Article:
After re-reading the book DAILY RITUALS, HOW ARTISTS WORK by Mason Curry, I couldn’t help but notice how many creative people had a daily walking habit.
Beethoven walked with a pencil and musical papers to record what came to him.
Kiekegaard, the philosopher, was be so full of ideas upon returning from his daily walk around Copenhagen, he’d begin writing upon returning, standing up without taking off his hat (or putting down his umbrella).
Sigmund Freud’s son once commented his fathers daily walks were more like a march (I guess they definitely were NOT a stroll).
Both Emily Dickenson and Charles Dickens often walked three hours a day.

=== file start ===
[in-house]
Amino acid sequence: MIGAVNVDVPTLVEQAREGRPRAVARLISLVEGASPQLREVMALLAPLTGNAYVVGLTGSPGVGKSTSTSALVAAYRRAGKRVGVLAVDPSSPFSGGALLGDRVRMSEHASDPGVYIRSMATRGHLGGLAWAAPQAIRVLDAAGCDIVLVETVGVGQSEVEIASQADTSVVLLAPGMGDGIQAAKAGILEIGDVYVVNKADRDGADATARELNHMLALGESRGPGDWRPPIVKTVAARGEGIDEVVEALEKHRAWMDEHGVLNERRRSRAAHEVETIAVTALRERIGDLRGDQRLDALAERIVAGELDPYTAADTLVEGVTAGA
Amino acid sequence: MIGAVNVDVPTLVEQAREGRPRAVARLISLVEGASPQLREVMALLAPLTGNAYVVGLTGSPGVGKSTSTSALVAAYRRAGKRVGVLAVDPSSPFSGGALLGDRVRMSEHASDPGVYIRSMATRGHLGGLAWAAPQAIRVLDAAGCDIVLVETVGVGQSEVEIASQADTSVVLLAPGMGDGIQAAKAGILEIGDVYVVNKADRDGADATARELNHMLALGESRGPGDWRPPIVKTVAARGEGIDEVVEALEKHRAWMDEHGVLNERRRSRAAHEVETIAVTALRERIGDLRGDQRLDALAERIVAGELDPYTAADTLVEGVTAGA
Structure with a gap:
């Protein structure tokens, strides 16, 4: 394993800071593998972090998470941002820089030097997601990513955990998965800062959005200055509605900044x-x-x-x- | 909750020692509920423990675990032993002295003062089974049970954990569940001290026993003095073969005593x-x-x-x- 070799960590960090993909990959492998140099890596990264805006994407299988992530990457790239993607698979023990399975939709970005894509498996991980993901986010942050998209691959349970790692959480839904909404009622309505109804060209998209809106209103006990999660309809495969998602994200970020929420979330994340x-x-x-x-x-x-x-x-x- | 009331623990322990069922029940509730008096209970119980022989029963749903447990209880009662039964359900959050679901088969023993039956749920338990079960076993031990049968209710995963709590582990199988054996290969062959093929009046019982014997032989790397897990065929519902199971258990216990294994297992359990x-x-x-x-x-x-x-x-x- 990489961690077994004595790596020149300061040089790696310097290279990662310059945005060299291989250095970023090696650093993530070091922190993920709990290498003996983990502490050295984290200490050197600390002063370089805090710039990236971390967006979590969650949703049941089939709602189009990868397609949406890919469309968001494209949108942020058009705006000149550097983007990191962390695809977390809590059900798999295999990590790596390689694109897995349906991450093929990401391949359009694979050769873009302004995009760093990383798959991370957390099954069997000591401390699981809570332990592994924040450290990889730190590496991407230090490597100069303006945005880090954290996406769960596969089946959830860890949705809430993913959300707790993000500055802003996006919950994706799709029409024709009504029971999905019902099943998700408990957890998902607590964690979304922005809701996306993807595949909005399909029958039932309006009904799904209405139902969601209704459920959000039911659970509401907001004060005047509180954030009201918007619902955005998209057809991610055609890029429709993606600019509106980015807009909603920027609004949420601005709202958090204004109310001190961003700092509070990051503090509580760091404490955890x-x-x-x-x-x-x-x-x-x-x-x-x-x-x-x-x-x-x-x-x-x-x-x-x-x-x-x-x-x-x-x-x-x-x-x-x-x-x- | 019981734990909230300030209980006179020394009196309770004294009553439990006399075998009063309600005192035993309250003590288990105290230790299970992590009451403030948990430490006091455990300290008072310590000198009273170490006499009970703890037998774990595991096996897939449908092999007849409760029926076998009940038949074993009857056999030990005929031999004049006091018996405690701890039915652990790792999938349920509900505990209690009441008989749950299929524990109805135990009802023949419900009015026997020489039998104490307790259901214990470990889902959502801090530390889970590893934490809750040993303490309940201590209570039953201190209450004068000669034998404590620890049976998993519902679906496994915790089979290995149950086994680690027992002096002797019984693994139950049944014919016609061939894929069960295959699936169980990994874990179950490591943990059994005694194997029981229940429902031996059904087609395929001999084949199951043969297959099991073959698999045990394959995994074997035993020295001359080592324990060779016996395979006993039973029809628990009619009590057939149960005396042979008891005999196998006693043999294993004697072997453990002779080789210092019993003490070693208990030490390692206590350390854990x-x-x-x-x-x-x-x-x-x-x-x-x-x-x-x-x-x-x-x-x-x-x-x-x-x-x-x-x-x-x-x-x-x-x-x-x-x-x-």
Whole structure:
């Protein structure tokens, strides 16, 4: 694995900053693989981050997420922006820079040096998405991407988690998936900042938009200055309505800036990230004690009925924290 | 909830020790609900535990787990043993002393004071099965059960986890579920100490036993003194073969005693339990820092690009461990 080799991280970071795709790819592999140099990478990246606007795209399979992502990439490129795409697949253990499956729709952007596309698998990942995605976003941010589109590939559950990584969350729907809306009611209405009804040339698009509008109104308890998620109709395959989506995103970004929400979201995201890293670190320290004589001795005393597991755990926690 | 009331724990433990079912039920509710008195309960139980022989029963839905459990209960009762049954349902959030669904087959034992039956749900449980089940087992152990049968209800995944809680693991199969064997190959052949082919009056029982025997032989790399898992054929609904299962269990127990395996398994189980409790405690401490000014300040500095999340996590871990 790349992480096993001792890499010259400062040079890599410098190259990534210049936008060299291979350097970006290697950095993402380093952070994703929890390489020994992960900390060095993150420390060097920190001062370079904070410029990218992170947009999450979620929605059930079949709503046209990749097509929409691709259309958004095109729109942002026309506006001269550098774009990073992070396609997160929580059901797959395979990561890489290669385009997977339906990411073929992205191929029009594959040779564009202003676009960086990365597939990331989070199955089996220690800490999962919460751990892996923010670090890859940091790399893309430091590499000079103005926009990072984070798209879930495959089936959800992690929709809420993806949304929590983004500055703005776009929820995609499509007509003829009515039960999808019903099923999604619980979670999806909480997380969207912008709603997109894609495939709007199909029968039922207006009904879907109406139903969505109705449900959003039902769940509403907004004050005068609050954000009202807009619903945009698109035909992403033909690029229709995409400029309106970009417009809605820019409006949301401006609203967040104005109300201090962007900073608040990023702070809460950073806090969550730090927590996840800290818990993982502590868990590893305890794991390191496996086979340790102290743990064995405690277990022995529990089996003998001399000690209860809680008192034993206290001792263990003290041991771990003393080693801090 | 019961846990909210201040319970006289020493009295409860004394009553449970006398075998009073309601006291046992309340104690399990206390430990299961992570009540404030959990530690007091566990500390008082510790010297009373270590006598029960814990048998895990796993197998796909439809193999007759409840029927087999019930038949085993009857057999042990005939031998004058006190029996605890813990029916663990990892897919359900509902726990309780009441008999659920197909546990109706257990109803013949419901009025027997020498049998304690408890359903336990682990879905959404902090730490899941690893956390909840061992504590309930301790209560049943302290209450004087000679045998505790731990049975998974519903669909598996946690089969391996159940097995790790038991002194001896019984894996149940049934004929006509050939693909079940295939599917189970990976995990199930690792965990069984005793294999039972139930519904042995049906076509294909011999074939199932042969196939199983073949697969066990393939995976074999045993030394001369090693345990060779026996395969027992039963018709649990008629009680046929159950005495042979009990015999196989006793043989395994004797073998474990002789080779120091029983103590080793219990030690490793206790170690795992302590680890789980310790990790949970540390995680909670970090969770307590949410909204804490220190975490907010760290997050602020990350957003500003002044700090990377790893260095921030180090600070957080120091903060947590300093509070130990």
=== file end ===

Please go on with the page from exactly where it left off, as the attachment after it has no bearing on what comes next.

Mahler walked daily for up to five hours and frequently his wife Alma went along.
William Faulkner, composer Eric Satie, author Richard Wright and Franz Shubert was dedicated walkers.
Tchaikosvky took a walk in the morning for 45 minutes and another walk for 2-3 hours in the afternoon.
DeKoonig walked Manhatten at night.
There must be something to walking! While I live in a city, I am surrounded by nature. I noticed things I had never seen before in my neighborhood (and I’ve lived here almost 20 years!). Below are some of the things I saw.
I found walking very meditative. And, I was able to practice my word of the year. See it in the picture below in my studio!